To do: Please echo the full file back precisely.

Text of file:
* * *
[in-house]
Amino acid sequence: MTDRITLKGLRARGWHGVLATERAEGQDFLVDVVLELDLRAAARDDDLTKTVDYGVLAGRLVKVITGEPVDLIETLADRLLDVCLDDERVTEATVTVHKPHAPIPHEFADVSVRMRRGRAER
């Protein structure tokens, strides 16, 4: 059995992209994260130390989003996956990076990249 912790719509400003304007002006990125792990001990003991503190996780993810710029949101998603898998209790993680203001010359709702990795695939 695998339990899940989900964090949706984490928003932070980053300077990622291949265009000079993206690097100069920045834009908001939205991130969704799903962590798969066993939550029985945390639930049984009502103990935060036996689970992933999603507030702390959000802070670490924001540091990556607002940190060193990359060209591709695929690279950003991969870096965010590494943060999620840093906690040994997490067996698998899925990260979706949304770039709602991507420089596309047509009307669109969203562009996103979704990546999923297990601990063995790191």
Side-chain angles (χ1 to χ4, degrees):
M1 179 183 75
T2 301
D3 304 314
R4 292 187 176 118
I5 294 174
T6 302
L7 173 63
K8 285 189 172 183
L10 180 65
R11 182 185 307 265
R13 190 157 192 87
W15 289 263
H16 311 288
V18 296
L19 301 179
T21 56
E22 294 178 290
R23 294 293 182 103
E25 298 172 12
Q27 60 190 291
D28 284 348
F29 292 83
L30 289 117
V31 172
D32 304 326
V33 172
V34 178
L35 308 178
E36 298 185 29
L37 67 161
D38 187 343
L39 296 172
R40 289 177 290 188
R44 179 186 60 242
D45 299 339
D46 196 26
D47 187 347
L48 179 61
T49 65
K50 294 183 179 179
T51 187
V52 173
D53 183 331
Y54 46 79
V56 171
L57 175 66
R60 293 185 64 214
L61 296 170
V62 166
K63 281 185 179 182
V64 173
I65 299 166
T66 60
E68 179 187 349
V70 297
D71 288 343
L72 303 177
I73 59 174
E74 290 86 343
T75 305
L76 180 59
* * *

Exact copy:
[in-house]
Amino acid sequence: MTDRITLKGLRARGWHGVLATERAEGQDFLVDVVLELDLRAAARDDDLTKTVDYGVLAGRLVKVITGEPVDLIETLADRLLDVCLDDERVTEATVTVHKPHAPIPHEFADVSVRMRRGRAER
């Protein structure tokens, strides 16, 4: 059995992209994260130390989003996956990076990249 912790719509400003304007002006990125792990001990003991503190996780993810710029949101998603898998209790993680203001010359709702990795695939 695998339990899940989900964090949706984490928003932070980053300077990622291949265009000079993206690097100069920045834009908001939205991130969704799903962590798969066993939550029985945390639930049984009502103990935060036996689970992933999603507030702390959000802070670490924001540091990556607002940190060193990359060209591709695929690279950003991969870096965010590494943060999620840093906690040994997490067996698998899925990260979706949304770039709602991507420089596309047509009307669109969203562009996103979704990546999923297990601990063995790191």
Side-chain angles (χ1 to χ4, degrees):
M1 179 183 75
T2 301
D3 304 314
R4 292 187 176 118
I5 294 174
T6 302
L7 173 63
K8 285 189 172 183
L10 180 65
R11 182 185 307 265
R13 190 157 192 87
W15 289 263
H16 311 288
V18 296
L19 301 179
T21 56
E22 294 178 290
R23 294 293 182 103
E25 298 172 12
Q27 60 190 291
D28 284 348
F29 292 83
L30 289 117
V31 172
D32 304 326
V33 172
V34 178
L35 308 178
E36 298 185 29
L37 67 161
D38 187 343
L39 296 172
R40 289 177 290 188
R44 179 186 60 242
D45 299 339
D46 196 26
D47 187 347
L48 179 61
T49 65
K50 294 183 179 179
T51 187
V52 173
D53 183 331
Y54 46 79
V56 171
L57 175 66
R60 293 185 64 214
L61 296 170
V62 166
K63 281 185 179 182
V64 173
I65 299 166
T66 60
E68 179 187 349
V70 297
D71 288 343
L72 303 177
I73 59 174
E74 290 86 343
T75 305
L76 180 59